I don’t freak out about taxes too much. They will always be there and their implementation is largely out of my control. So I try not to sweat the fact that I will pay taxes. And that the absolute value of the taxes that I pay as a high-income earner will be large. But, this doesn’t mean that I don’t try to reduce my taxes. There’s a difference.
What’s the difference?
The difference is that you will never hear me railing against taxation as a principle. Heck, when we lived in NYC with 2 kids on just a resident salary, we used public service and tax funded programs. They helped a lot. Even the other day, I got a flat tire on the highway. While on hold with my insurance company trying to get roadside assistance, a worker for a New York State tax funded highway maintenance program came and replaced my tire for free.
So I’m not anti-tax.
But I still don’t try to pay more taxes than I need to. I’d rather save on taxes and give the same amount of money directly to a cause that I support.
How can you save on taxes?
The tax code is a big book of incentives. It’s the government telling you how they want you to live. Live according to their preferences and you get to pay them less taxes.
Have kids? Uncle Sam likes that. We need kids to build our future. You get a tax credit.
Own rental real estate? People need places to live. Tax deductions for you.
Contribute to your retirement account? That means you will need less public assistance in the future. Good for the government. More tax deductions.
Run a business? More jobs for the people. More tax benefits.
You get the picture.
The sooner that you start looking at the tax code as your friend instead of your enemy, your whole mindset will change. In my humble opinion, taxes are necessary to certain extent. You can’t fight that. But you can fight how much of them you pay. And the government is telling you exactly how to do that.
So pay attention.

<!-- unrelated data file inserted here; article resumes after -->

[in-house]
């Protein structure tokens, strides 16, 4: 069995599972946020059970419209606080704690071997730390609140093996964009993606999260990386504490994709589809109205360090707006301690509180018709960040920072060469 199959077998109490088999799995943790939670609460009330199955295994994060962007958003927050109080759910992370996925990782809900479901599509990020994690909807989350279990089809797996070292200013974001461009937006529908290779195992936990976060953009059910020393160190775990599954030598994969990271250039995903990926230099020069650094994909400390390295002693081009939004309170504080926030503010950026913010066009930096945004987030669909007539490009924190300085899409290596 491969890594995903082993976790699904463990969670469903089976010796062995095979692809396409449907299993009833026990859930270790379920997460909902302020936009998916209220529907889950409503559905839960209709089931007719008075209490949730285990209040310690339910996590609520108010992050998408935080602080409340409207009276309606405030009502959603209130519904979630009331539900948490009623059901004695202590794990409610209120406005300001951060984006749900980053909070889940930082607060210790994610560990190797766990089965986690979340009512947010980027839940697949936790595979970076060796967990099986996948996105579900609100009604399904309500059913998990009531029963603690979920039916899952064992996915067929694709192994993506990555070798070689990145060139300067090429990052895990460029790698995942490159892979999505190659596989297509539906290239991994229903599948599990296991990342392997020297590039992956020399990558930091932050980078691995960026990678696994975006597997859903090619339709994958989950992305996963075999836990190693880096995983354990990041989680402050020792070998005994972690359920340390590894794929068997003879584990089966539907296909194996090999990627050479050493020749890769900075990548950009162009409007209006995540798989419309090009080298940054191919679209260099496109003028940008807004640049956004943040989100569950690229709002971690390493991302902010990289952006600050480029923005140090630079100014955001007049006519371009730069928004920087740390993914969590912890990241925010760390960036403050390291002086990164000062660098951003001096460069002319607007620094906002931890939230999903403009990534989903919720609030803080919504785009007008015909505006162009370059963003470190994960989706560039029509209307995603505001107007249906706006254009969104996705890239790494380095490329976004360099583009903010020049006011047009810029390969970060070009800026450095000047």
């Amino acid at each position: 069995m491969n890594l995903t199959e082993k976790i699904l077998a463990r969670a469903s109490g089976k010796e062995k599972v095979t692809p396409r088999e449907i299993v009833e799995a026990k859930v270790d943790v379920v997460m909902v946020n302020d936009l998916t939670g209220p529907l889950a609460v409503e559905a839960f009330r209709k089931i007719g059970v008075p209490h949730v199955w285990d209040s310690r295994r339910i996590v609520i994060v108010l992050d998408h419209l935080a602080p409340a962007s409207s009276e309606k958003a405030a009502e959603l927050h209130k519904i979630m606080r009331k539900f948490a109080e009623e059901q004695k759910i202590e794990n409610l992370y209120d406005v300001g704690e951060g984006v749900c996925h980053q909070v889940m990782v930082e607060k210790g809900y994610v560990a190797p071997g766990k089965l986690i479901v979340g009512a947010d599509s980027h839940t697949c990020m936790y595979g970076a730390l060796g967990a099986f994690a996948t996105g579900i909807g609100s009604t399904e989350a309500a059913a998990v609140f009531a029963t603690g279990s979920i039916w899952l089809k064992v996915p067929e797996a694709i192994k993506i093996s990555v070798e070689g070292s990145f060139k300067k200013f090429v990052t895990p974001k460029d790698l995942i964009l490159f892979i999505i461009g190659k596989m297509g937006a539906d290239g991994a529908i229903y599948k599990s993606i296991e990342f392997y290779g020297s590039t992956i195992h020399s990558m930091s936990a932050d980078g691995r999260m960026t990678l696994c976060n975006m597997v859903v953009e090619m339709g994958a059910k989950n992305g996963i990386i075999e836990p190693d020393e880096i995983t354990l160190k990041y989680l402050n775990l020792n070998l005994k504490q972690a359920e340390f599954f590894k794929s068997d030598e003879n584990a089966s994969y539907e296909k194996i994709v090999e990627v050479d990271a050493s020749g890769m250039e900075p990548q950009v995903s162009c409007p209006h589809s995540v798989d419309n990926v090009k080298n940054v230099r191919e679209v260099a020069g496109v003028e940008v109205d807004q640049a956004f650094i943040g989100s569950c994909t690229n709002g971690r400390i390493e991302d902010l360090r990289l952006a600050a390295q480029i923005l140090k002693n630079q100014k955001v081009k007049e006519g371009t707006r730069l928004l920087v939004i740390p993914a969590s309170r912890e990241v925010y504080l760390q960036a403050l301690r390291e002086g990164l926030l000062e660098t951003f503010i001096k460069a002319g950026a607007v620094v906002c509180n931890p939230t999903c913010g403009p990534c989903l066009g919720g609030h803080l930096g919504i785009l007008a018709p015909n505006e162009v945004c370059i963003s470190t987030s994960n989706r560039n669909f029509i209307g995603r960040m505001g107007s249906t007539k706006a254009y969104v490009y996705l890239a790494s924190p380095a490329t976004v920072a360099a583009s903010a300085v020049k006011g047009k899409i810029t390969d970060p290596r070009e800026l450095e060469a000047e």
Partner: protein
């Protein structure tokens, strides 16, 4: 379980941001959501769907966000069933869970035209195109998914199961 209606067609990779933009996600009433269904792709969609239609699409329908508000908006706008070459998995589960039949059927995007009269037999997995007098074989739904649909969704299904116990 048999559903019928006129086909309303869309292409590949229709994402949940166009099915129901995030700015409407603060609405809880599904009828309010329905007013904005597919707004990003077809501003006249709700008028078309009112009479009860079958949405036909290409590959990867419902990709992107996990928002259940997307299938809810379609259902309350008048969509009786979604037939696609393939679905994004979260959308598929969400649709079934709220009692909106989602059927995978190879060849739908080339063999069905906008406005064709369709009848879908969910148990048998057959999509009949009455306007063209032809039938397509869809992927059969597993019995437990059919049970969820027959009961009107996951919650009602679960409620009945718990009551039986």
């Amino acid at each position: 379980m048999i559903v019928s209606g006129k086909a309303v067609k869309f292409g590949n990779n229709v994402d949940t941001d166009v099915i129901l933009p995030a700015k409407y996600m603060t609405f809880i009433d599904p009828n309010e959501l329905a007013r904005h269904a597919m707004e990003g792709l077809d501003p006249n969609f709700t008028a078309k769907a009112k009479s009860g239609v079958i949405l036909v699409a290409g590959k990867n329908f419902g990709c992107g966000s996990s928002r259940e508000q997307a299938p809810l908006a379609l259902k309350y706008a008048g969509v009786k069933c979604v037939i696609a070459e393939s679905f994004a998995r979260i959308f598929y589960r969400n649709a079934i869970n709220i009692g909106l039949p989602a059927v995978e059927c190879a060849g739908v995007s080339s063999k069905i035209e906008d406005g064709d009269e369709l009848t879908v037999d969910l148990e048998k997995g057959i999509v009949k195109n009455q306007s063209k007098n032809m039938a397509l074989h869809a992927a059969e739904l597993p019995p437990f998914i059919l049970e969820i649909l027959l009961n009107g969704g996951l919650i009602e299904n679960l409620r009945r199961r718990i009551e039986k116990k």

What if tax laws change?
Tax law changes all the time! So does everything else in this world!
So, when they do change, adapt accordingly.
I don’t know how they will change in the future and I don’t have a crystal ball. So I don’t prematurely make any changes. That would be the definition of the tax tail wagging the dog.
And, as an aside, no one else has a tax or any other kind of crystal ball. So don’t believe them if they tell you that you need to invest in X, Y, or Z to reduce your taxes due to upcoming tax law changes…
My tax journey
Before filing my 2020 taxes, I didn’t really have any concept of tax reduction strategies. That’s not surprising because I didn’t have any concept of personal finance or financial well-being either.
So, I went to H&R Block (literally) and had some random person there input our information into a computer. And whatever came back, I just accepted. I unfortunately had done this for my 2019 taxes just a couple weeks before staring my financial education.
Luckily (or not) I was a low-income earner as a resident. Plus I had kids. So I usually got a small refund.
But this year, I started making a lot of money. When Selenid and I were developing our budget with a little help, we realized that we were due to pay 6 figures in taxes each year. So, we went about learning how to reduce this amount.
We learned as much as we could about taxes through books, blogs, podcasts, and anything else.
And then we implemented those plans.